Recently, one of my sisters has started to complain about me. Or rather resumed complaining about me. One of the complaints that my sister has about me is that I seem to care more about animals than I do human beings. She especially does not like it when I point out that animals have not invented nuclear bombs, credit ratings, and the IRS, therefore they are more worthy of my respect. She does not see the humor of that logic. But I must admit that I often have more empathy for animals than I have for some human beings. (There are some humans I really enjoy the company of, and there are the other ones that I just want to whack with a stick.)
In the records of the witch hunts, one often encounters the claim that witches have familiar spirits, often in the shape of an animal. Honestly, most of the people harmed during the witch hunts were Christian, and a high percentage of them seemed to be property owning unmarried women. And many of them seemed to have been crazy cat ladies. A good number of animals and their owners seemed to have been tortured and killed by the Christians in their quest to rid the world of the devil and to line their pockets with other people’s property.
And yes, I am on the side of the accused witches, be they pagan or Christian.
Scanning the literature concerning primitive religious beliefs, and the early days of religion, there seems to be a lot of respect given to our animal brethren. In shamanism, often a shaman would channel the power of an animal, such as a bear. The shaman often had that power because they survived an attack by such an animal—the logic being that if you survived a traumatic attack by a hostile animal, then you must have some power over that type of animal.
Fortunately, the modern pagan does not need to go to such extremes to be able to access the power of an animal. But it still can be dramatic to gain such a familiar spirit. For instance, my wife used to have nightmares about spiders. It took her a long time to come to terms with the spirit of the spider. Today, spiders are perfectly safe at my house. Proof of this can be found in the fact that I did not freak out a few minutes ago when I found a spider crawling on my coffee cup.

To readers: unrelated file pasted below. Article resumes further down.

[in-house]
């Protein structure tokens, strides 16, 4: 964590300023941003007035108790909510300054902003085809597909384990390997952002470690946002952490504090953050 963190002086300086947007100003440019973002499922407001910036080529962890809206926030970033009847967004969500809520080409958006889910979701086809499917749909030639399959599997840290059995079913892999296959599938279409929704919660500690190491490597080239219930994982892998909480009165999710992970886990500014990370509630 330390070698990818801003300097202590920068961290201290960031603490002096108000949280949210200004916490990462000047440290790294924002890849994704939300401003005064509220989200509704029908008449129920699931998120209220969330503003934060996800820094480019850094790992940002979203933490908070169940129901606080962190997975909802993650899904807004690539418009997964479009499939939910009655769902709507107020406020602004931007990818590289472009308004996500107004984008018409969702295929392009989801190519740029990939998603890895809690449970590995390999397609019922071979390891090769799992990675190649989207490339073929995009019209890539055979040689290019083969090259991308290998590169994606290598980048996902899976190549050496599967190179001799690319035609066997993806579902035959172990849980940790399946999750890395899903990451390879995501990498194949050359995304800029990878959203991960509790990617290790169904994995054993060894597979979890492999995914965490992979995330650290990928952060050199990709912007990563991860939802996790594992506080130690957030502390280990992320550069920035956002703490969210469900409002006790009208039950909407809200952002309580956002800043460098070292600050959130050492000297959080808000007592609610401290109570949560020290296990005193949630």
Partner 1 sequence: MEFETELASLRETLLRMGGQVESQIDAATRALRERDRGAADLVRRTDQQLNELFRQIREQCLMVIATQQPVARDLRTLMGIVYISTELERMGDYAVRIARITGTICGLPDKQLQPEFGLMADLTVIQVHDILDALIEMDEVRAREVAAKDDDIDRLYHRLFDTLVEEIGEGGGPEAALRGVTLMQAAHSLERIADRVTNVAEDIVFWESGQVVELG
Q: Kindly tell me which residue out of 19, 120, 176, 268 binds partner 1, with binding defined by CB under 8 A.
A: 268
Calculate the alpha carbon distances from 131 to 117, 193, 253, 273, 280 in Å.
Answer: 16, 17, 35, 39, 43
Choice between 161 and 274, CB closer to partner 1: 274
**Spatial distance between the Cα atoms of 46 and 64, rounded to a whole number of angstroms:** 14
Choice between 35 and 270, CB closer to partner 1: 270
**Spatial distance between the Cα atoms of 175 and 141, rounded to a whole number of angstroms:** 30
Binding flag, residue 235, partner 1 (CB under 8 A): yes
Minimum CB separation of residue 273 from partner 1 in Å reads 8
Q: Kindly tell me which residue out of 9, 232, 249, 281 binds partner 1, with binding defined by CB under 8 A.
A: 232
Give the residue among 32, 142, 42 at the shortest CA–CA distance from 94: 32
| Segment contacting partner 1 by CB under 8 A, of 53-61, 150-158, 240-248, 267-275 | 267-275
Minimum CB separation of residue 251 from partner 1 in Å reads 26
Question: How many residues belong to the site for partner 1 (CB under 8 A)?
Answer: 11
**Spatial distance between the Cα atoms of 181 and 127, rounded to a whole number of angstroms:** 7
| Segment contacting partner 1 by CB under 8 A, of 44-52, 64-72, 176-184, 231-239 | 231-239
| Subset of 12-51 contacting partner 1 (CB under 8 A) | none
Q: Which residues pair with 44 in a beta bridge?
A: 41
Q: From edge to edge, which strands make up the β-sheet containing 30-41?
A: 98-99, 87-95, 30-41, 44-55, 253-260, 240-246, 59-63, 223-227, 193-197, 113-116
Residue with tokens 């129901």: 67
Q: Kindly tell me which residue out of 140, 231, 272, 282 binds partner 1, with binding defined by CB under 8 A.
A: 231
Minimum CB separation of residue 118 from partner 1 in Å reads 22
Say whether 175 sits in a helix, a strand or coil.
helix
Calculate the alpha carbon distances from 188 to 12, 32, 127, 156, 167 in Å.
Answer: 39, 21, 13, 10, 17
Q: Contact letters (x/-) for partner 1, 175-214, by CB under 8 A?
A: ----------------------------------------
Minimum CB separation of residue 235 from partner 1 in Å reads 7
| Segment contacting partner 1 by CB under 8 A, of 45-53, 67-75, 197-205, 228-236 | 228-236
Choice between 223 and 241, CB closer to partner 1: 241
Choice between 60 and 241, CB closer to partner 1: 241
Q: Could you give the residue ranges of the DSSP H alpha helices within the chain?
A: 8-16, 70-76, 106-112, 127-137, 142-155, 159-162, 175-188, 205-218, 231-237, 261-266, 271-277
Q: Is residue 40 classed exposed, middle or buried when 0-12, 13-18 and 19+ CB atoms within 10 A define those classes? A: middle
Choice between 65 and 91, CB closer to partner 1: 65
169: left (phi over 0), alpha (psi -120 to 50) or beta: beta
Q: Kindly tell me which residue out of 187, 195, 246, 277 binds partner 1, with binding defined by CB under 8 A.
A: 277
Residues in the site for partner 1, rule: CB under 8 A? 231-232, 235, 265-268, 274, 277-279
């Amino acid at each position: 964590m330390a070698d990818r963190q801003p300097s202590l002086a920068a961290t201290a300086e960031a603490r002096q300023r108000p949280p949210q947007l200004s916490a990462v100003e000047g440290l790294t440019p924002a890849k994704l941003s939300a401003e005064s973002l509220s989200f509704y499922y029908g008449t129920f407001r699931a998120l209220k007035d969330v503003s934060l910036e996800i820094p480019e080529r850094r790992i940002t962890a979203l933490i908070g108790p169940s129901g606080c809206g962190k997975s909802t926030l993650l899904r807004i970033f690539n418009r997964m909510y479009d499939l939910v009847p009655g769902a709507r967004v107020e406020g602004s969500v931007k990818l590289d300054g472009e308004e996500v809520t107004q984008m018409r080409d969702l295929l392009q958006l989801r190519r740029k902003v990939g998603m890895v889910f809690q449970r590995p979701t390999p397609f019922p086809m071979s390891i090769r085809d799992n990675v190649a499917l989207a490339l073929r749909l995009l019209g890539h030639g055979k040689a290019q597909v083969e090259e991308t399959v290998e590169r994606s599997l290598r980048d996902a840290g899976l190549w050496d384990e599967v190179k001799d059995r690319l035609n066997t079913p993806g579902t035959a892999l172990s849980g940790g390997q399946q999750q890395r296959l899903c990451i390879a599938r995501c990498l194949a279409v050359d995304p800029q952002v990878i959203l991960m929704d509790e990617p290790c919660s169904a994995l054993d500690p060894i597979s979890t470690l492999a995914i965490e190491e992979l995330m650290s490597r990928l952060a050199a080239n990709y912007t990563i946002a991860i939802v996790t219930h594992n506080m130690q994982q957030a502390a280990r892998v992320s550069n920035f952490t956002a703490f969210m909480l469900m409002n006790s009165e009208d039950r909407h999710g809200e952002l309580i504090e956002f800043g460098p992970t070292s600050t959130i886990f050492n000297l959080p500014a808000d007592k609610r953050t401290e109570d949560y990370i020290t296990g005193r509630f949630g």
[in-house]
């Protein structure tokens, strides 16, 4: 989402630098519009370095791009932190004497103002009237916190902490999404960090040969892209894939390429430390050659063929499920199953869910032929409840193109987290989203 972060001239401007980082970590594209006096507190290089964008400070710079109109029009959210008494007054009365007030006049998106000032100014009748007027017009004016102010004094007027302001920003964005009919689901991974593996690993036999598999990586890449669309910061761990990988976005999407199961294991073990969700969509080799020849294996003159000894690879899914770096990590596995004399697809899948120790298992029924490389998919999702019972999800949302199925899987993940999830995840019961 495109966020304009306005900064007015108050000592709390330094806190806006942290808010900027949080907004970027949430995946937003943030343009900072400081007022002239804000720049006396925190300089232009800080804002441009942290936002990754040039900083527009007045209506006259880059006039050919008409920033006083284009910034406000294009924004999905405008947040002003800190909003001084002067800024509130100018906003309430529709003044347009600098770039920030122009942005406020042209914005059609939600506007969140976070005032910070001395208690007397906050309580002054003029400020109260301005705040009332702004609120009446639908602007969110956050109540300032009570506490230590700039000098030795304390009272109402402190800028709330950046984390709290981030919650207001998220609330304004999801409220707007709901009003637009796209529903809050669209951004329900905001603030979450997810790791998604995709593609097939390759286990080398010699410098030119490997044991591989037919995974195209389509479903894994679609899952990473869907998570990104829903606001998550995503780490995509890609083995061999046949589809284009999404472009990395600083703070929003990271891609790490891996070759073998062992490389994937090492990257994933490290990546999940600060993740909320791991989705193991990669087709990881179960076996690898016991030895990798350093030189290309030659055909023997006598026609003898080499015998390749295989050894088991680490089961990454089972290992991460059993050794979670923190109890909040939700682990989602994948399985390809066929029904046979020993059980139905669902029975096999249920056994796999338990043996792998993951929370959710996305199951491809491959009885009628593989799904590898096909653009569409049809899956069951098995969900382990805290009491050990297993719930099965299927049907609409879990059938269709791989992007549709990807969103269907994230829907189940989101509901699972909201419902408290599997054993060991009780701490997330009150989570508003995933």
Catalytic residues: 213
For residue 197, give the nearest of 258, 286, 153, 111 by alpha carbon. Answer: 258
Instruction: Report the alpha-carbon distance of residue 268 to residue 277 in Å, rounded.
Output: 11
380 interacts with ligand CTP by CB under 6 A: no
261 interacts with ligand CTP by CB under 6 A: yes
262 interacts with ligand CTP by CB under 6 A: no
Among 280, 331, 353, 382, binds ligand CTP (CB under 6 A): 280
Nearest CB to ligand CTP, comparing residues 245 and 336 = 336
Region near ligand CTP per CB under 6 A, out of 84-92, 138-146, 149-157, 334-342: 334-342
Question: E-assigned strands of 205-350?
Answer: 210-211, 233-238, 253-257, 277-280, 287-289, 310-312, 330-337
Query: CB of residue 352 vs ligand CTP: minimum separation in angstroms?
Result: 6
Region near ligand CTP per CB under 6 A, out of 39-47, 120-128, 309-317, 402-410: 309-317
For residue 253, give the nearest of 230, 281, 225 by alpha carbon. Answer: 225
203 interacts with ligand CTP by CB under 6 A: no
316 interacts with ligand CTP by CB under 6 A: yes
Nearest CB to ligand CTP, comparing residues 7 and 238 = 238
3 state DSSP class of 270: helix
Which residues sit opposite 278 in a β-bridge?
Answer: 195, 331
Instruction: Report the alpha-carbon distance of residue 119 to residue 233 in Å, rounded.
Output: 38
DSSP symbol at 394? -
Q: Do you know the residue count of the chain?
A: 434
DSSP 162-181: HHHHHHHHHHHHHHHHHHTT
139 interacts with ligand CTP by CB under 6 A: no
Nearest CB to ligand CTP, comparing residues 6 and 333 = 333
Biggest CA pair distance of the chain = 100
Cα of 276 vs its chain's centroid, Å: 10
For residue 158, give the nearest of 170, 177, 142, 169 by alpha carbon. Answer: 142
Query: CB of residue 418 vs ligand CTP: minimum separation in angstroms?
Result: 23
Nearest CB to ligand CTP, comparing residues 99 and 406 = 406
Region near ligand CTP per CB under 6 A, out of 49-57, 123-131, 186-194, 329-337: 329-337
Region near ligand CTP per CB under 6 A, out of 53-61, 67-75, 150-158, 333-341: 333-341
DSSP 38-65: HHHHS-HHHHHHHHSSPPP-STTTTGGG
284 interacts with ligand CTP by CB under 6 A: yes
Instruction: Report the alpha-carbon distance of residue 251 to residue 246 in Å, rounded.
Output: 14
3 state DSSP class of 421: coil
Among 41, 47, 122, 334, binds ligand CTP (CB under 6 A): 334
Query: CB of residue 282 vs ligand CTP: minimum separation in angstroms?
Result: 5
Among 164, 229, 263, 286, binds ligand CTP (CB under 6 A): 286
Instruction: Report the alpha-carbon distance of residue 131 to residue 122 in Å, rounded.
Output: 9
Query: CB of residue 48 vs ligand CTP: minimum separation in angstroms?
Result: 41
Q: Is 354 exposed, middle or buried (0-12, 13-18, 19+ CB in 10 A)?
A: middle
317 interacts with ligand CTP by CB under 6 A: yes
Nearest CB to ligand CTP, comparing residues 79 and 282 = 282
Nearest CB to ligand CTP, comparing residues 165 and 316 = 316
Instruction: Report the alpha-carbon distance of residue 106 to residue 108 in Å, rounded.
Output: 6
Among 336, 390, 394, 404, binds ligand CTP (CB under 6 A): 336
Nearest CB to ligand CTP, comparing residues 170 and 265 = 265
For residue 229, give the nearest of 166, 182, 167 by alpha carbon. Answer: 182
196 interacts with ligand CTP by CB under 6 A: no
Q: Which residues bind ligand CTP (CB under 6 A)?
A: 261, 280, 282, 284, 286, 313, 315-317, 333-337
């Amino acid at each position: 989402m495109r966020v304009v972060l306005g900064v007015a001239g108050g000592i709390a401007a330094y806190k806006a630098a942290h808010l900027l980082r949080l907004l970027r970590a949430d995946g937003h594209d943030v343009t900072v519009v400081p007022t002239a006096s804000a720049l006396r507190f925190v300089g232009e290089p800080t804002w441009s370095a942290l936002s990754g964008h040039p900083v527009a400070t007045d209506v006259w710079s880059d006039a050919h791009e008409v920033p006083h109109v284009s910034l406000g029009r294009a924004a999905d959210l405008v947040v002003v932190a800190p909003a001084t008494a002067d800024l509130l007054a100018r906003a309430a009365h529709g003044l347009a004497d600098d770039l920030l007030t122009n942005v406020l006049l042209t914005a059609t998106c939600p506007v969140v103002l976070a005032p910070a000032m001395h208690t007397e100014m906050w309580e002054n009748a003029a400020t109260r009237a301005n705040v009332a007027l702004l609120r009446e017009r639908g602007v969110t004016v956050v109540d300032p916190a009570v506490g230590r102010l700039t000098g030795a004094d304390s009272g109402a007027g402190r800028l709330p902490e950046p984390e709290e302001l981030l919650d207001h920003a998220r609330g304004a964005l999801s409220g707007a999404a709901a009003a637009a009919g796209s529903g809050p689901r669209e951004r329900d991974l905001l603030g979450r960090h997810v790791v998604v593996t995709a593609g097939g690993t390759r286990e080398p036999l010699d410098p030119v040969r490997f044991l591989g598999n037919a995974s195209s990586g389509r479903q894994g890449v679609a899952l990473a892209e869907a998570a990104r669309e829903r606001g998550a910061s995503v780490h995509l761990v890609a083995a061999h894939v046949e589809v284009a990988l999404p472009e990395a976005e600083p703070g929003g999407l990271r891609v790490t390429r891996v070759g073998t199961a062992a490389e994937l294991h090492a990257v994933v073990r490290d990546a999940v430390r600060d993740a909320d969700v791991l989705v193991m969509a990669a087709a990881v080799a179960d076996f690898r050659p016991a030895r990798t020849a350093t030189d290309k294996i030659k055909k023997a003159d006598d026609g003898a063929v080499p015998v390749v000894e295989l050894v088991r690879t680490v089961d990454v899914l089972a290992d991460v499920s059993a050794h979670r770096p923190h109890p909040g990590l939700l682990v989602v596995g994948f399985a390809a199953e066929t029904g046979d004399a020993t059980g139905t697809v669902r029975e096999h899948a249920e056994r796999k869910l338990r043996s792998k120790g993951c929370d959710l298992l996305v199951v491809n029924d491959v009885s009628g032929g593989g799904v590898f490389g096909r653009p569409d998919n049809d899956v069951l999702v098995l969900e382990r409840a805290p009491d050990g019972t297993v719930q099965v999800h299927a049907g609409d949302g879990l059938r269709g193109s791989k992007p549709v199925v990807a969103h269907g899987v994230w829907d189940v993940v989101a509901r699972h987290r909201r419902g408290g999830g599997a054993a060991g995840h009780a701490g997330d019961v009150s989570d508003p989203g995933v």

Correction—the idea that spiders are perfectly safe at my house is not completely true. The familiar animals that I work with the most—cats—tend to eat them if they venture into reach. There have been many of a time that I have watched one of the cats hunting and then eating one of the spiders. There is probably a lesson there about the spirit of one entity absorbing the life force of another entity…we probably do not want to think about it too hard.
So how did I start working with cats? At first, I started by adopting one. Well, actually two. Well, really four of them. I wanted one cat, and my friends (who were moving) insisted that I take the other one also. I agreed. Turned out that one of the cats was pregnant. I became an instant kitty daddy. A few years later, when my wife and I brought a house, we were surprised that it came complete with its own feral cat colony.
I like to think that I earned the right to have cats as one of my totem animals by serving as a caretaker to them. After all, we trapped, fixed, and released the members of the feral colony, and continue to feed and watch over them to this day. And Bast, the Egyptian goddess of cats seems to agree with my logic.
So instead of having to survive vicious animal attacks, the modern pagan seems to have gone the route of the medieval witch, gaining the companionship of animal spirits by caring and living with animals. And I imagine quite a few of them like their animal companions better than some of the humans that they know. Heavens knows that I like my cats better than I like my sister at the moment—that probably also makes her upset. I wonder if she would like a big box of spiders.